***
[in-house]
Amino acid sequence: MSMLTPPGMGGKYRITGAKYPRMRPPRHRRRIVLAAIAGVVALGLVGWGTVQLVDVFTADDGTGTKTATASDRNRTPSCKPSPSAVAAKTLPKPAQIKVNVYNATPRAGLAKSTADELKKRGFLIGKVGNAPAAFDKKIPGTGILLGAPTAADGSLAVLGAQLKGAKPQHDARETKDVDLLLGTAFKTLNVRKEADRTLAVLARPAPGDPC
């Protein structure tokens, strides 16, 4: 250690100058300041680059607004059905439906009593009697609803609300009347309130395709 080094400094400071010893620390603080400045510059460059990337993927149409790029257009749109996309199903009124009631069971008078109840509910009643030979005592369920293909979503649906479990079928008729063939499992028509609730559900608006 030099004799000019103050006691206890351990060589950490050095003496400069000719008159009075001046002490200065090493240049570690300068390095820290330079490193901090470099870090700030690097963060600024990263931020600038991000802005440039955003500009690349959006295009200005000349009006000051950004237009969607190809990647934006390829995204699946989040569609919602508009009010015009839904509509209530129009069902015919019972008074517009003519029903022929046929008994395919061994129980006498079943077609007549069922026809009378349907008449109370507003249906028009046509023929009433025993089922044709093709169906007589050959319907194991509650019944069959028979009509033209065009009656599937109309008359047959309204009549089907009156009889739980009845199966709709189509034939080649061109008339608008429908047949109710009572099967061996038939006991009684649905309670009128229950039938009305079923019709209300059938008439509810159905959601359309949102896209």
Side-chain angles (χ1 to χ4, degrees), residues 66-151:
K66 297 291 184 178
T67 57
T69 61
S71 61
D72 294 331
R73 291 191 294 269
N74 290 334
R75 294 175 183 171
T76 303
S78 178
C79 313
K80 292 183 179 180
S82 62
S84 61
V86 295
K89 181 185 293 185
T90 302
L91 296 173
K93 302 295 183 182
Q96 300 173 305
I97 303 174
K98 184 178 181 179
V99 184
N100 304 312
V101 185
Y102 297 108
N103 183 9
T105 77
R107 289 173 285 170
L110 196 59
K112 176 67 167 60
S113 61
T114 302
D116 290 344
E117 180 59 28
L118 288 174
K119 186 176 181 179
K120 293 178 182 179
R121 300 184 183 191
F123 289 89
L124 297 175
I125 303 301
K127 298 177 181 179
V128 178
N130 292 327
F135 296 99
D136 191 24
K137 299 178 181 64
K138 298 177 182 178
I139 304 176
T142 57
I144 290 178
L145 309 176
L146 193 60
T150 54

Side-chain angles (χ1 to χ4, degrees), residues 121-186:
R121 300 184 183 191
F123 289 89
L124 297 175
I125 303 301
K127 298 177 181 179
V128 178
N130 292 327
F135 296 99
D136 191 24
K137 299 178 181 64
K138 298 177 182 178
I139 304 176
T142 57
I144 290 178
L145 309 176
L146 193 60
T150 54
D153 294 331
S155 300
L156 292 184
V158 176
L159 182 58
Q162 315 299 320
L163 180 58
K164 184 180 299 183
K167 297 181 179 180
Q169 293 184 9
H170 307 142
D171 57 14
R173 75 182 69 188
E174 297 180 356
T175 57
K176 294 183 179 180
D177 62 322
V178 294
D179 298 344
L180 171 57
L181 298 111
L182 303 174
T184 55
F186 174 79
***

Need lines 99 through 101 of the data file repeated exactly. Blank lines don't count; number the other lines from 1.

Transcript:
L182 303 174
T184 55
F186 174 79